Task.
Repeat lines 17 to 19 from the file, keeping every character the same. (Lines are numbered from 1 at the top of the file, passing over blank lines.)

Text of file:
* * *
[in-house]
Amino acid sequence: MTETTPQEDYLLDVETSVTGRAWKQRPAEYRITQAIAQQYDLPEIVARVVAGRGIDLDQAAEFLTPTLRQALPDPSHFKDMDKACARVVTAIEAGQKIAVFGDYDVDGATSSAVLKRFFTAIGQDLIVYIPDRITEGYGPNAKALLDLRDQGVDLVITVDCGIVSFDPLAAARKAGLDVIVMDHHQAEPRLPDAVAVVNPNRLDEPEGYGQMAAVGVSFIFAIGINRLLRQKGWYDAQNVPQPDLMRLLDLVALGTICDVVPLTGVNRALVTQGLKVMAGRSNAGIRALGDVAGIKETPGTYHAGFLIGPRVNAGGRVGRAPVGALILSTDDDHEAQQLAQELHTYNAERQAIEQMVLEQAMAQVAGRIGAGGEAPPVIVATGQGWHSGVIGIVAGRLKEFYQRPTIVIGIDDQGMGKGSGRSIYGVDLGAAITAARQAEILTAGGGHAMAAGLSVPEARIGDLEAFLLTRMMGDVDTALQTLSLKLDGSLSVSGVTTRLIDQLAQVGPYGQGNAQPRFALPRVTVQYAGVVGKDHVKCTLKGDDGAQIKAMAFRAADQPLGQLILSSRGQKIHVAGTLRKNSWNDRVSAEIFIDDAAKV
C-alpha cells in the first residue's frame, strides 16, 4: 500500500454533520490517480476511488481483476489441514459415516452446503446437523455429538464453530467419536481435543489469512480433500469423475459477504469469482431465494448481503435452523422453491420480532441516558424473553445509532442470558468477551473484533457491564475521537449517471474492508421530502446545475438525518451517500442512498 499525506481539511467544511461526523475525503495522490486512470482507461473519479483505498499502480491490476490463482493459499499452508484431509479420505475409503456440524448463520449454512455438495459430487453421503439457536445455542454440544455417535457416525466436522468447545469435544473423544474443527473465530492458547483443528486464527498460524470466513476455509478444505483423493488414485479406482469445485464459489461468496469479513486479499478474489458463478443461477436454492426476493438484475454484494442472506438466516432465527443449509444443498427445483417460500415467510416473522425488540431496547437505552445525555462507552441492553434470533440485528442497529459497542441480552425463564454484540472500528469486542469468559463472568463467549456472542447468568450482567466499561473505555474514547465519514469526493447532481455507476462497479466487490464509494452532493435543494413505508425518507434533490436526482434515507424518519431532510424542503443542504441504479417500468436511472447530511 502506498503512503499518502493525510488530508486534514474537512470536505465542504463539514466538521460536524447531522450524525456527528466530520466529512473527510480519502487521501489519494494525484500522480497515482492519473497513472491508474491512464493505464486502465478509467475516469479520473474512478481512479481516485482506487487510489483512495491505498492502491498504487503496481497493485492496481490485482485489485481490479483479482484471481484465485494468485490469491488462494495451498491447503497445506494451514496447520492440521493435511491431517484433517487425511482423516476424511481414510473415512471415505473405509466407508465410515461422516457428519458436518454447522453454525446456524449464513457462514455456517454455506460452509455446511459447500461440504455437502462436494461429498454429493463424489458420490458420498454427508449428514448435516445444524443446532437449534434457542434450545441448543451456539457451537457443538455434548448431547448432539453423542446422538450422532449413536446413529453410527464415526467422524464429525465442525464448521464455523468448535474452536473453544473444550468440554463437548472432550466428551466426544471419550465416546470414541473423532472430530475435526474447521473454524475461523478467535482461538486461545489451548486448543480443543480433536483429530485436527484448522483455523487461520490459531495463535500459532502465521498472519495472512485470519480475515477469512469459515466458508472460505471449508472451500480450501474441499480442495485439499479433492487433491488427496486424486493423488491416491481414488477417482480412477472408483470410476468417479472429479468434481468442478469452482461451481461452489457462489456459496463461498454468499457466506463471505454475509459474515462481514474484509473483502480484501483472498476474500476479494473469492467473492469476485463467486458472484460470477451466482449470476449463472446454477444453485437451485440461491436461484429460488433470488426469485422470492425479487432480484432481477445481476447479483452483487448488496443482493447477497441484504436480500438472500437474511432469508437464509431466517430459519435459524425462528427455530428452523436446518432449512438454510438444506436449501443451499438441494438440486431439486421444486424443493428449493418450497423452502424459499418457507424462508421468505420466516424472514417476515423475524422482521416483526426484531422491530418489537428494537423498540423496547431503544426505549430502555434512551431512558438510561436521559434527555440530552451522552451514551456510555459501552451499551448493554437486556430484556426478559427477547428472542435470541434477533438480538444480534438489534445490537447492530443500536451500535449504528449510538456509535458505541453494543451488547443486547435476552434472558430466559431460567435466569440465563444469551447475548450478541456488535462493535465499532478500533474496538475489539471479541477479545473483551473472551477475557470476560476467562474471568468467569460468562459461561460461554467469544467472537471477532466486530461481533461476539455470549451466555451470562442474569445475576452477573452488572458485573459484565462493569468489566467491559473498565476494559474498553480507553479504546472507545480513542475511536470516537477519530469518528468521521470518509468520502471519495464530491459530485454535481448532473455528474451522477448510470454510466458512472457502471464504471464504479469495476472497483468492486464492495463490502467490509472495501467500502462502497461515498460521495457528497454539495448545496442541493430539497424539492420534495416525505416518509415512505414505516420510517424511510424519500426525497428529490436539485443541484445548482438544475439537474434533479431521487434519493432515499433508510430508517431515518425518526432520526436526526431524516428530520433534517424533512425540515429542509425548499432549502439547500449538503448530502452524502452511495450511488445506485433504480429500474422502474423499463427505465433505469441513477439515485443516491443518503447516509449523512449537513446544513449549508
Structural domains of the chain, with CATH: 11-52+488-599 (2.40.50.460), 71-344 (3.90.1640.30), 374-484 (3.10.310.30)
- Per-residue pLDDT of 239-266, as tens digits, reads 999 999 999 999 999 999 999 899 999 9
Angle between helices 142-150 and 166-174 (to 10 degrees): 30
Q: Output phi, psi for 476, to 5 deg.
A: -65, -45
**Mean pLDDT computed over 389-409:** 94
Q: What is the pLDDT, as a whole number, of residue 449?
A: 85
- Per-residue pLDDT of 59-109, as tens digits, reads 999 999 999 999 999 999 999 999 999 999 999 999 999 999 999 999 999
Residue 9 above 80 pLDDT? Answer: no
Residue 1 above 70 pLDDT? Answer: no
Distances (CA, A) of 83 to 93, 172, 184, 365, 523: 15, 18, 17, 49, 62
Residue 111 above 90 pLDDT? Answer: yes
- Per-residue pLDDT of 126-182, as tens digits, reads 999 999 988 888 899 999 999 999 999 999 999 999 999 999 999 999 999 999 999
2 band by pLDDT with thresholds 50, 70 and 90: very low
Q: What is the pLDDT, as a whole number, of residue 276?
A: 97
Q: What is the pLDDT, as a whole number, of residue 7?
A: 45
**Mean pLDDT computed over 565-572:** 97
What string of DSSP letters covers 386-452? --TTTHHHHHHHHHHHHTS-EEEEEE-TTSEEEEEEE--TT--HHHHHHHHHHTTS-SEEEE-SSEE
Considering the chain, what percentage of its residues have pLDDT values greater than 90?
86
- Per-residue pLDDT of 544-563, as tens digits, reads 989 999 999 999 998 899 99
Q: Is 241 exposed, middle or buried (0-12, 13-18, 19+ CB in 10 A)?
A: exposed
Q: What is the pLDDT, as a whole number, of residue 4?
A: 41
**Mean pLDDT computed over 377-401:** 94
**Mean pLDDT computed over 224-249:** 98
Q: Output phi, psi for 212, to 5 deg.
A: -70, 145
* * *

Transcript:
- Per-residue pLDDT of 126-182, as tens digits, reads 999 999 988 888 899 999 999 999 999 999 999 999 999 999 999 999 999 999 999
2 band by pLDDT with thresholds 50, 70 and 90: very low
Q: What is the pLDDT, as a whole number, of residue 276?